Tastier vegetables thanks to flavour research

Research from Syngenta‘s Jealott’s Hill international research centre is helping develop tastier vegetable varieties.

Over the past five years researchers have been investigating the components of taste and flavour and how they could be manipulated, the company’s produce quality specialist Charles Baxter said.

“We know 25% of flavour comes from soluble metabolites, such as sugars in plants, while 75% comes from volatile metabolites – compounds that are released in the mouth or that you can smell before you eat the vegetable.”

By identifying these compounds the researchers believe they can manipulate taste. For example, in brassicas, glucosinolates gave a bitter flavour, Dr Baxter said. “We can measure these, screen for them in our breeding material, and manipulate their abundance within breeding programmes.”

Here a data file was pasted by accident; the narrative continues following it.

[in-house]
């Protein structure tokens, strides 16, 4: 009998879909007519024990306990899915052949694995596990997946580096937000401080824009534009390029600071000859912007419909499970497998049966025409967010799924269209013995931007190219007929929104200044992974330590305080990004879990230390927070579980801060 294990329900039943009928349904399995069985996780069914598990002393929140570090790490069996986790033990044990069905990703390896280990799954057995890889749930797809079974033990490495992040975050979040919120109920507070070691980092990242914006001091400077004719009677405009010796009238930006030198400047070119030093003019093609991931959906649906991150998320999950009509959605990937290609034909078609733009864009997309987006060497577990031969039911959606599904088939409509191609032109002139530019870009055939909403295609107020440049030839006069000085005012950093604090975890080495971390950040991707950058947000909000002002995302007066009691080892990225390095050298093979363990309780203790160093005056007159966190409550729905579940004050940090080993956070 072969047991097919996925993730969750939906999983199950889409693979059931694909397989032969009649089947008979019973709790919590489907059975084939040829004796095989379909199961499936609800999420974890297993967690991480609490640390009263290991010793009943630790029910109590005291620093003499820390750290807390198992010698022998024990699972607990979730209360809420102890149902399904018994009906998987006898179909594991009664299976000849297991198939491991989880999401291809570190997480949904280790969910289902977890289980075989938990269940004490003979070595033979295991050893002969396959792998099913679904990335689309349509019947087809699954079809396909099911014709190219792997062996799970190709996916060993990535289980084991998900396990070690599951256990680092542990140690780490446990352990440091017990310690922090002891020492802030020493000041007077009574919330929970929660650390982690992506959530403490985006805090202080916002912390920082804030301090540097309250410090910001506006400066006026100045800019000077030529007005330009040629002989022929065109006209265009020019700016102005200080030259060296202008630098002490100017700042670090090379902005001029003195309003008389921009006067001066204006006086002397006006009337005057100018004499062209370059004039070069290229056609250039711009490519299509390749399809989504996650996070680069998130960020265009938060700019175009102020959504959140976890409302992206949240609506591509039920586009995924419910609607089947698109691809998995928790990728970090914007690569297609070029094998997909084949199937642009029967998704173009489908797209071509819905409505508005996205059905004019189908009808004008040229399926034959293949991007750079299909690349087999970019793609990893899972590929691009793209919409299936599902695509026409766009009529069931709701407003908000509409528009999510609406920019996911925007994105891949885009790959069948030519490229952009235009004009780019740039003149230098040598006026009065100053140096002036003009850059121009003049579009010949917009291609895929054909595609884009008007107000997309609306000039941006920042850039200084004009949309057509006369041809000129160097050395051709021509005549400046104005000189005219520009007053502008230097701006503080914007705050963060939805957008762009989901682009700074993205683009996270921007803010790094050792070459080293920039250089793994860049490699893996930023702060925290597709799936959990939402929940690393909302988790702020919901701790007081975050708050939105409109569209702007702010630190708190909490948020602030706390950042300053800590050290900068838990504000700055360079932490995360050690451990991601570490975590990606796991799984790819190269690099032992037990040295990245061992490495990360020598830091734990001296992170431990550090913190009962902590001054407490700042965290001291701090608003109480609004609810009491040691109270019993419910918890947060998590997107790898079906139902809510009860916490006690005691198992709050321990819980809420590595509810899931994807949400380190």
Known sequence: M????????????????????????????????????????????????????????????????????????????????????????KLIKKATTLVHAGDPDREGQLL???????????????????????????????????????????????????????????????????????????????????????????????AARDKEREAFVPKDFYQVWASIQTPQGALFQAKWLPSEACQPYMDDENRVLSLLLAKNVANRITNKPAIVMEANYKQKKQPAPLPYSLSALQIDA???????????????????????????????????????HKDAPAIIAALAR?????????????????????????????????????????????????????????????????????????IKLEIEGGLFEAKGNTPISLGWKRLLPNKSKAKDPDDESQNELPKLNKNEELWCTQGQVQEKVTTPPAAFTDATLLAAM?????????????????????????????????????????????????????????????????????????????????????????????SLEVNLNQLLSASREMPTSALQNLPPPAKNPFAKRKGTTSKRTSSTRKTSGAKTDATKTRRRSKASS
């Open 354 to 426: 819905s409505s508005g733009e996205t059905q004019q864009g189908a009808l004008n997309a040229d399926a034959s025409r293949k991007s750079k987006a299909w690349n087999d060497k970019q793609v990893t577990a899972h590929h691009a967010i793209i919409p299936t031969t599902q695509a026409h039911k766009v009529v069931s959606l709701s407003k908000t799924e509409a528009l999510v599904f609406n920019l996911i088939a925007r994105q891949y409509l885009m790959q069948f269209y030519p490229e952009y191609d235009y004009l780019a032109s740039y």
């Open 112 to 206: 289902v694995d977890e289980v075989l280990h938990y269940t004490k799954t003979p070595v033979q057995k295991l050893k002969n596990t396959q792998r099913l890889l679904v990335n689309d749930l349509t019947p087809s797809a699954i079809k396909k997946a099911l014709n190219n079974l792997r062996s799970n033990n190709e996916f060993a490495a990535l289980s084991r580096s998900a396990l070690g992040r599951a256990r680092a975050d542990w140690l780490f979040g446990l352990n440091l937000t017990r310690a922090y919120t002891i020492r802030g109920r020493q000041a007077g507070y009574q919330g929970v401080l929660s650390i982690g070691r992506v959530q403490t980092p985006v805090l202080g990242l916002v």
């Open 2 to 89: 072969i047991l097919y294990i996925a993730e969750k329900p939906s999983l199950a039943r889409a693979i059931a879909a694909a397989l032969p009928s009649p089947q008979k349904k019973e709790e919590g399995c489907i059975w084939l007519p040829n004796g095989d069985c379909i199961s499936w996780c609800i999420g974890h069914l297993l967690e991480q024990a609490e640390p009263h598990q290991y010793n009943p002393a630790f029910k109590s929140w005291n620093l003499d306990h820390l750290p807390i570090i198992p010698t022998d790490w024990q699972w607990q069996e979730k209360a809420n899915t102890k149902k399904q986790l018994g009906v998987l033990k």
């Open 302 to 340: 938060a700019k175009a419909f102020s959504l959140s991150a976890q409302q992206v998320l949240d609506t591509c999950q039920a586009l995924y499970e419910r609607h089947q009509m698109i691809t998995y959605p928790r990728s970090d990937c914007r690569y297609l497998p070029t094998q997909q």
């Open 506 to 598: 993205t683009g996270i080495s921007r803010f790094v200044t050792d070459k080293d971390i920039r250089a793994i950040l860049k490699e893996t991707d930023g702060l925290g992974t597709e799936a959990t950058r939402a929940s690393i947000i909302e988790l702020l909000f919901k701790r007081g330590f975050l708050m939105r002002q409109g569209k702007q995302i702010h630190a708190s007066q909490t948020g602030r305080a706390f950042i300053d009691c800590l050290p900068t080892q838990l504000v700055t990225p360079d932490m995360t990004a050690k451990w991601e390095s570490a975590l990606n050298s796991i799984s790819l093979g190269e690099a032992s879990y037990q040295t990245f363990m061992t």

The results are just starting to come through in new varieties, such as a milder-tasting cabbage variety, Balada.

The changes could, however, affect agronomic characteristics, he noted. “Bitter compounds are linked with insect resistance, so we’re trying to find out which ones have a specific role in insect resistance, but not taste. Some glucosinolates also have specific health benefits, so we’re also identifying those.”

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